Consumers think the U.S. economy is in a recession, and they're probably right if history is any indicator, according to the latest Index of Consumer Sentiment, released Friday morning.
"A recession has occurred whenever the Sentiment Index has declined as much as it has fallen during the past year, including the recessions occurring from the mid-1950s to the early 2000s," according to a statement by Richard Curtin, director of the Reuters/University of Michigan Surveys of Consumers, which conducts the monthly survey.
Consumers were nearly unanimous, the survey reported, in their opinion that the economy already is in a recession. The 86 percent of consumers surveyed who said the economy was in a recession was the highest level recorded since the early 1980s. Three-fourths of the respondents said they expected bad financial times for the national economy for the next year. That level of response has only been recorded during earlier recessions.
Mirroring faltering consumer confidence reports earlier this week from the U.S. Census Bureau, the Sentiment Index was at 69.5 in March, down from 70.8 in February, and from a recent peak of 96.9 in January 2007. The Index of Consumer Expectations, which measures consumers' thoughts about the economy in the coming year, and is a closely watched component of the Index of Leading Economic Indicators, was at 60.1.
In February, the index was at 62.4. At a recent peak in January 2007, it was 87.6.
Since that peak, the expectations index has dropped by 31 percent. It fell by 24 percent before the 1990 recession and by 30 percent preceding the 2001 recession.
More households reported in March that their financial situation had gotten worse than anytime since 1991. More consumers blamed high fuel and food costs for their financial difficulties than in any month for more than a quarter century. More than half of the consumers surveyed said they expect unemployment to go up during the next year.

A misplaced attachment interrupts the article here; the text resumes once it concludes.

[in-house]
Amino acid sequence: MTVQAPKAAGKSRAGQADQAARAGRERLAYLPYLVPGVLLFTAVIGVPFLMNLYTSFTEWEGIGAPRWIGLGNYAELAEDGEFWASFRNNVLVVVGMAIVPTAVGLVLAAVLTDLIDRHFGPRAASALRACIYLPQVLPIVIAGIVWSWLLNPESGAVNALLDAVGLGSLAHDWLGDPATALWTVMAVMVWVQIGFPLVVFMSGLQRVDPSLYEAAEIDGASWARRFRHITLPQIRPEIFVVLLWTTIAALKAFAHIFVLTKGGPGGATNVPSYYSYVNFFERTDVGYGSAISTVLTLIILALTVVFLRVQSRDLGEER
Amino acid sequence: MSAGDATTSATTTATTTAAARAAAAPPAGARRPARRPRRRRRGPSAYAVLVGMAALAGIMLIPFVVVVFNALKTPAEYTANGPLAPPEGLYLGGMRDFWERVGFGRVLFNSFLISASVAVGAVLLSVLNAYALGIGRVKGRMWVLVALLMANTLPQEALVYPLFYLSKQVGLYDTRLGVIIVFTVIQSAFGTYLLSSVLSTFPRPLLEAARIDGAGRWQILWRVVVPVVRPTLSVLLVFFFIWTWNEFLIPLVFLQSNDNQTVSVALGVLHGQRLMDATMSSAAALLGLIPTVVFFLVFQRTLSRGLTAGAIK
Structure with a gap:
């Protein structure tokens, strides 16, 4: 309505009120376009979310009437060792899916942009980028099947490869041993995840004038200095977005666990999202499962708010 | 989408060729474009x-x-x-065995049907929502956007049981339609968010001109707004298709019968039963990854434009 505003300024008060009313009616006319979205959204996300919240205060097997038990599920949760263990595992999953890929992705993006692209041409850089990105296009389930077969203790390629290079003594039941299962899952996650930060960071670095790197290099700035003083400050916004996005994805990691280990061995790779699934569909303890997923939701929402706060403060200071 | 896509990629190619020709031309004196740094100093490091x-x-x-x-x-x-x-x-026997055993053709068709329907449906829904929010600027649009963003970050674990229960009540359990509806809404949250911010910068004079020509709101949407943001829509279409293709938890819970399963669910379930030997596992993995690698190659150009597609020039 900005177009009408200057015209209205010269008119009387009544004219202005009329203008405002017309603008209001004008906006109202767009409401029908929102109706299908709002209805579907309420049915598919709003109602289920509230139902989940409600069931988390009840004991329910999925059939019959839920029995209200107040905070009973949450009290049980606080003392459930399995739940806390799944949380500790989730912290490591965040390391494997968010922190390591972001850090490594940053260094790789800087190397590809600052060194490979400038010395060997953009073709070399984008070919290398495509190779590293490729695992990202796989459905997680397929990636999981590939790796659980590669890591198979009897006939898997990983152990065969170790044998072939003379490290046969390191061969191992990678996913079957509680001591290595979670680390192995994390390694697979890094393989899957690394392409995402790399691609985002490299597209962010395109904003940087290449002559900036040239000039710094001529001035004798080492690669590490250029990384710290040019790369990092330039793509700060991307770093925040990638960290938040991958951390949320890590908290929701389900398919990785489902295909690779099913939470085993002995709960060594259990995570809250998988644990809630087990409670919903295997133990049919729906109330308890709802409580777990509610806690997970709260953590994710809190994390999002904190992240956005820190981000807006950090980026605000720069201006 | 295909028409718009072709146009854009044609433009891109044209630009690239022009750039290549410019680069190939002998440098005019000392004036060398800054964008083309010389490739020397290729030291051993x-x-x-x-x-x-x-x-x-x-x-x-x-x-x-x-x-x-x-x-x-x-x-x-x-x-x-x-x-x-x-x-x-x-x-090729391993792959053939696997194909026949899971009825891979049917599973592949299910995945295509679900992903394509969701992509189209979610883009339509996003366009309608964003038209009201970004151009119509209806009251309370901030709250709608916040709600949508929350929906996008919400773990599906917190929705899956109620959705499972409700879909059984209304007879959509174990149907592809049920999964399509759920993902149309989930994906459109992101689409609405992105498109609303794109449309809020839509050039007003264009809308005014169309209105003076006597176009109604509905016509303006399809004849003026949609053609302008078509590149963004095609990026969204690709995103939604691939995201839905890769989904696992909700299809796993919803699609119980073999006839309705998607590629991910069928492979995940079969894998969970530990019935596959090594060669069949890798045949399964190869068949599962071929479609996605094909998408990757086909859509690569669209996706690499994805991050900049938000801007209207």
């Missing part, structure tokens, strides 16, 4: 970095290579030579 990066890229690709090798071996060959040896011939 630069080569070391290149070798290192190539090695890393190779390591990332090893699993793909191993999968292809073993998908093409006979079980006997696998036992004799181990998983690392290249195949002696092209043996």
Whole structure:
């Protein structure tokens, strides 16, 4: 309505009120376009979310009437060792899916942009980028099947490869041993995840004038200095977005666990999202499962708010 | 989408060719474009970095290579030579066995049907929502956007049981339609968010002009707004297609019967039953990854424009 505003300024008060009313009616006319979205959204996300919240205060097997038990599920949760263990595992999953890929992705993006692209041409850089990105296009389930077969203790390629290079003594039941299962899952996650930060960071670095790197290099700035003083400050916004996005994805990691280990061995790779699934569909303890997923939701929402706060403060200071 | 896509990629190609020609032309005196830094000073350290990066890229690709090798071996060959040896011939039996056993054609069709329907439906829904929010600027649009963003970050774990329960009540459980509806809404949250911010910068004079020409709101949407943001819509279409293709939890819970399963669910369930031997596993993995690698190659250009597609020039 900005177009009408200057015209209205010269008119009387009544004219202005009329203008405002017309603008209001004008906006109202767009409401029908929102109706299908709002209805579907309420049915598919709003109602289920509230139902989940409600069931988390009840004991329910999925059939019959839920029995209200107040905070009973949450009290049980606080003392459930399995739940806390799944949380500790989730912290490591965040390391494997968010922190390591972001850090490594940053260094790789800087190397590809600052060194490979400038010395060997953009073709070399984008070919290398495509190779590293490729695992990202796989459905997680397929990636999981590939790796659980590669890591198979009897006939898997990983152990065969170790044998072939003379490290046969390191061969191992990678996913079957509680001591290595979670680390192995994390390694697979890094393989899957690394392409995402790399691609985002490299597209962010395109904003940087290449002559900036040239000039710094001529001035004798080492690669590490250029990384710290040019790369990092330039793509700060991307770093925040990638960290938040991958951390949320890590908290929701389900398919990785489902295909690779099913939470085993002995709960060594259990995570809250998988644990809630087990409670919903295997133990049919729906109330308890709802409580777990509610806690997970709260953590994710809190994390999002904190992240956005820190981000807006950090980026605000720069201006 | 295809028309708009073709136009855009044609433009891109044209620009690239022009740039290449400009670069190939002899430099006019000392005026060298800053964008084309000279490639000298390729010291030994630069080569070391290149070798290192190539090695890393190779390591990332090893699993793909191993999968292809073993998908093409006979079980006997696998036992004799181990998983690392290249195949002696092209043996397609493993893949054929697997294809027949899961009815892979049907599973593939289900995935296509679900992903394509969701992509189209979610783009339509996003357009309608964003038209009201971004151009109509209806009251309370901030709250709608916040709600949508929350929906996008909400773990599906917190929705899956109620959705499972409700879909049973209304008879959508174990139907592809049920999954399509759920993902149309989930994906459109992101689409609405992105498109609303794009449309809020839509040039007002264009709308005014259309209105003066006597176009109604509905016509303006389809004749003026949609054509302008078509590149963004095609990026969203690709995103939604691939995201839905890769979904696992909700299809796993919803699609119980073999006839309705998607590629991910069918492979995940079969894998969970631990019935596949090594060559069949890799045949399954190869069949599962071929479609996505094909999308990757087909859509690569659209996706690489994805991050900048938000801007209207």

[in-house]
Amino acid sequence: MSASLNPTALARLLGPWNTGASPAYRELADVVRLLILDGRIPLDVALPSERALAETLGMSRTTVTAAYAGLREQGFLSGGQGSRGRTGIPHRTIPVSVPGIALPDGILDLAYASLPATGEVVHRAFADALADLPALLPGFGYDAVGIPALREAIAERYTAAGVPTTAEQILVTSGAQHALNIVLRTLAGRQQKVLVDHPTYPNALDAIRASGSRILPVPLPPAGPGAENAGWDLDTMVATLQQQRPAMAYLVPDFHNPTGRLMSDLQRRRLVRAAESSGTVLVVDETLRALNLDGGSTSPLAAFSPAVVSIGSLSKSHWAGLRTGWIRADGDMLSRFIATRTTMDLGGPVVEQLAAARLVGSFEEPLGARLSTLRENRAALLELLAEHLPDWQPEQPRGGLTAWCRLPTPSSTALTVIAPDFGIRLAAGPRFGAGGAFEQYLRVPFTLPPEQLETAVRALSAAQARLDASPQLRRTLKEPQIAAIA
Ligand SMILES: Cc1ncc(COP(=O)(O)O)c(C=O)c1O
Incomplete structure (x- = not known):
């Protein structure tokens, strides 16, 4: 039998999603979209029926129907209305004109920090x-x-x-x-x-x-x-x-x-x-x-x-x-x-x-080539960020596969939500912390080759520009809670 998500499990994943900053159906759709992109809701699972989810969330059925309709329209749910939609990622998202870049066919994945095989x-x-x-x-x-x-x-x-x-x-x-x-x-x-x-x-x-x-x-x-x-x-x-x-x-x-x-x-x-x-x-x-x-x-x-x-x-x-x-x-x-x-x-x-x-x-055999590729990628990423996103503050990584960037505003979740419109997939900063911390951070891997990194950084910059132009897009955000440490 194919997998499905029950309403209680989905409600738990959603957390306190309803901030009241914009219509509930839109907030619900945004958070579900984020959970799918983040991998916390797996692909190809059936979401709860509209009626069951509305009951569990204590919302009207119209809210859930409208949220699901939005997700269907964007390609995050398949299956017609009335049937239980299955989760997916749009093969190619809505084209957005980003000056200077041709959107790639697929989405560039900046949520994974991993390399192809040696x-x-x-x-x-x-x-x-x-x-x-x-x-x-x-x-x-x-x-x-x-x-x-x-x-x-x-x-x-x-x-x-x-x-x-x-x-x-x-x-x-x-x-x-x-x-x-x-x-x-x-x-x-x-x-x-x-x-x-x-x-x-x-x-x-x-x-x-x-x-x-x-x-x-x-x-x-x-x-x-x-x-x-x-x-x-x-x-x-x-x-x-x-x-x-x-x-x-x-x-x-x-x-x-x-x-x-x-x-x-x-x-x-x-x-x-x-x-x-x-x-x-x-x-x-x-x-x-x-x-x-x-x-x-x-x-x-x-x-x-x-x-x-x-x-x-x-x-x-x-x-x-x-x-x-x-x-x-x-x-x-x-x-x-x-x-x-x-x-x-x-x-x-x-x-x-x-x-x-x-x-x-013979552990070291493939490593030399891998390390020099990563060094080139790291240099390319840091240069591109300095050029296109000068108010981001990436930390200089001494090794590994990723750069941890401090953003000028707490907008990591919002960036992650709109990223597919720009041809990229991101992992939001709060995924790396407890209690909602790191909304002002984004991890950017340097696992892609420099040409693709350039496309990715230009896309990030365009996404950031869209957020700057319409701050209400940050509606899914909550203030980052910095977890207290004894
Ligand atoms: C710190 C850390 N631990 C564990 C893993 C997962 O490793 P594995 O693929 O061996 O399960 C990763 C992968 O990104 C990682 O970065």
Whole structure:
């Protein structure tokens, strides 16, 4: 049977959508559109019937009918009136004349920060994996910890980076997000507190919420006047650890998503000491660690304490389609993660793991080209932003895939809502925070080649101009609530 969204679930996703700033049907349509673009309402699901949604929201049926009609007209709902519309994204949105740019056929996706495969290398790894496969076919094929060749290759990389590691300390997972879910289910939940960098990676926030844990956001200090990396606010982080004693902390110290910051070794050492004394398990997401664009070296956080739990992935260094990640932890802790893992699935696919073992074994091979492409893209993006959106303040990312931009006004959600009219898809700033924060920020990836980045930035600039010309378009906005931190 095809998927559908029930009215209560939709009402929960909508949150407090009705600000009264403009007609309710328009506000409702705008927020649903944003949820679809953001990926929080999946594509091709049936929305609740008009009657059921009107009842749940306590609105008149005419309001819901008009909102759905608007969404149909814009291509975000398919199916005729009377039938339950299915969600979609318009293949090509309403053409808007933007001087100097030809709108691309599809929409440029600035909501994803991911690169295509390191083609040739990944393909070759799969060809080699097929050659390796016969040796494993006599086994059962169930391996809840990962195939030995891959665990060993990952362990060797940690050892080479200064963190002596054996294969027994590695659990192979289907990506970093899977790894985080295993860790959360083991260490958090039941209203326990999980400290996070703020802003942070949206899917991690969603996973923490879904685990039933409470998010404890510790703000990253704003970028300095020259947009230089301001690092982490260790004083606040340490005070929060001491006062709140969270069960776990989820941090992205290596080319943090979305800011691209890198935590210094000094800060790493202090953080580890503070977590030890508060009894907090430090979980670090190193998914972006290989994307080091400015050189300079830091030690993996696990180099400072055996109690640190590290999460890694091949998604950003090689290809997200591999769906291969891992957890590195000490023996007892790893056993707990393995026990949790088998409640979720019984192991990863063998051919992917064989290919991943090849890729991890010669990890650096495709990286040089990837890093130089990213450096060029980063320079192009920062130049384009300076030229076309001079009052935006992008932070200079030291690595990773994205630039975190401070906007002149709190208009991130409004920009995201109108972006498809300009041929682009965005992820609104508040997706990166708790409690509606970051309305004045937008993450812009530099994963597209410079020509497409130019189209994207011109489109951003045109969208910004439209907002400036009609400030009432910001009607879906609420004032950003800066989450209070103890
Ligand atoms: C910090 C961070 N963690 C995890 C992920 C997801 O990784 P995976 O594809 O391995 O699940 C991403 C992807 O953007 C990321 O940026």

Declining home values were another source of significant concern for consumers. Among all homeowners, 36 percent reported that the value of their home had gone down during the past year. That's the highest reported frequency at any time since the survey began asking the question 20 years ago. Two years ago, just 3 percent of homeowners said the value of their home had declined. Just under one-fourth of homeowners said the value of their home had gone up in the last year, a percentage that peaked at 76 percent in mid-2005.
As a result, consumers have become much more cautious in their spending and are shifting more of their income to repaying debt and building up savings. The administration's tax rebates should hold off additional spending declines in the third quarter of 2008, giving consumers the ability to spend some money that otherwise would have gone to shoring up their finances. That goal has become much more prominent.
"Consumers are now more in favor of repaying credit cards and rebuilding their reserve funds so that they can have the needed financial flexibility to handle any future twists and turns in the economy," Curtin said in the statement.
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